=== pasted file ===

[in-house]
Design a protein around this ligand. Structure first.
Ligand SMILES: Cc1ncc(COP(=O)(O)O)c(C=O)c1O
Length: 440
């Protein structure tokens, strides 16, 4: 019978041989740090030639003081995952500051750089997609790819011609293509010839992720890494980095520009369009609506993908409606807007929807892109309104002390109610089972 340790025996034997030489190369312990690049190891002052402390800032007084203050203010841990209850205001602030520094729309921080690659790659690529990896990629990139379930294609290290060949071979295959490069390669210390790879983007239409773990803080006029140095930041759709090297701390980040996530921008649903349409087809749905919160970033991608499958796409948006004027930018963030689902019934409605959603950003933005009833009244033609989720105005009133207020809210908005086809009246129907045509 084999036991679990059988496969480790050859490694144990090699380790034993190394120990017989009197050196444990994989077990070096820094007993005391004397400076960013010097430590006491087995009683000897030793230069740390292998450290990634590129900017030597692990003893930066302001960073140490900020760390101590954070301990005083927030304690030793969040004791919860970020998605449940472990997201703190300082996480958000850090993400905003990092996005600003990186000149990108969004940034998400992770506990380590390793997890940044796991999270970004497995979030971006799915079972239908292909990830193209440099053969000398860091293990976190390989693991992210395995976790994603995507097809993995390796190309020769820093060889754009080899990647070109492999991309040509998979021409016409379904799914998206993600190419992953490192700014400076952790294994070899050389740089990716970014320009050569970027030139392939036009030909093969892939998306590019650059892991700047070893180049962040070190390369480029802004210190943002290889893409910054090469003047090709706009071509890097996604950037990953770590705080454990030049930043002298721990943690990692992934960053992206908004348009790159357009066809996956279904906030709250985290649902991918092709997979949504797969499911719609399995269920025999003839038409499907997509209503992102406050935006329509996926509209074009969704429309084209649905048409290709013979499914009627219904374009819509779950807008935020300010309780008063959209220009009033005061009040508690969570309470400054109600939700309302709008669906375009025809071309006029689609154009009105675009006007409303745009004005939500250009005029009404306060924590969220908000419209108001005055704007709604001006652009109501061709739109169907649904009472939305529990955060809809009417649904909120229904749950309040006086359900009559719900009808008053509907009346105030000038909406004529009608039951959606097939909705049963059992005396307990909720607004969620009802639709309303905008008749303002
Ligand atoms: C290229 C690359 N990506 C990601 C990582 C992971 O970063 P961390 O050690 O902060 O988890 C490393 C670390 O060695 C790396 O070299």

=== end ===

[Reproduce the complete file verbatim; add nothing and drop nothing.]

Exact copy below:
[in-house]
Design a protein around this ligand. Structure first.
Ligand SMILES: Cc1ncc(COP(=O)(O)O)c(C=O)c1O
Length: 440
């Protein structure tokens, strides 16, 4: 019978041989740090030639003081995952500051750089997609790819011609293509010839992720890494980095520009369009609506993908409606807007929807892109309104002390109610089972 340790025996034997030489190369312990690049190891002052402390800032007084203050203010841990209850205001602030520094729309921080690659790659690529990896990629990139379930294609290290060949071979295959490069390669210390790879983007239409773990803080006029140095930041759709090297701390980040996530921008649903349409087809749905919160970033991608499958796409948006004027930018963030689902019934409605959603950003933005009833009244033609989720105005009133207020809210908005086809009246129907045509 084999036991679990059988496969480790050859490694144990090699380790034993190394120990017989009197050196444990994989077990070096820094007993005391004397400076960013010097430590006491087995009683000897030793230069740390292998450290990634590129900017030597692990003893930066302001960073140490900020760390101590954070301990005083927030304690030793969040004791919860970020998605449940472990997201703190300082996480958000850090993400905003990092996005600003990186000149990108969004940034998400992770506990380590390793997890940044796991999270970004497995979030971006799915079972239908292909990830193209440099053969000398860091293990976190390989693991992210395995976790994603995507097809993995390796190309020769820093060889754009080899990647070109492999991309040509998979021409016409379904799914998206993600190419992953490192700014400076952790294994070899050389740089990716970014320009050569970027030139392939036009030909093969892939998306590019650059892991700047070893180049962040070190390369480029802004210190943002290889893409910054090469003047090709706009071509890097996604950037990953770590705080454990030049930043002298721990943690990692992934960053992206908004348009790159357009066809996956279904906030709250985290649902991918092709997979949504797969499911719609399995269920025999003839038409499907997509209503992102406050935006329509996926509209074009969704429309084209649905048409290709013979499914009627219904374009819509779950807008935020300010309780008063959209220009009033005061009040508690969570309470400054109600939700309302709008669906375009025809071309006029689609154009009105675009006007409303745009004005939500250009005029009404306060924590969220908000419209108001005055704007709604001006652009109501061709739109169907649904009472939305529990955060809809009417649904909120229904749950309040006086359900009559719900009808008053509907009346105030000038909406004529009608039951959606097939909705049963059992005396307990909720607004969620009802639709309303905008008749303002
Ligand atoms: C290229 C690359 N990506 C990601 C990582 C992971 O970063 P961390 O050690 O902060 O988890 C490393 C670390 O060695 C790396 O070299």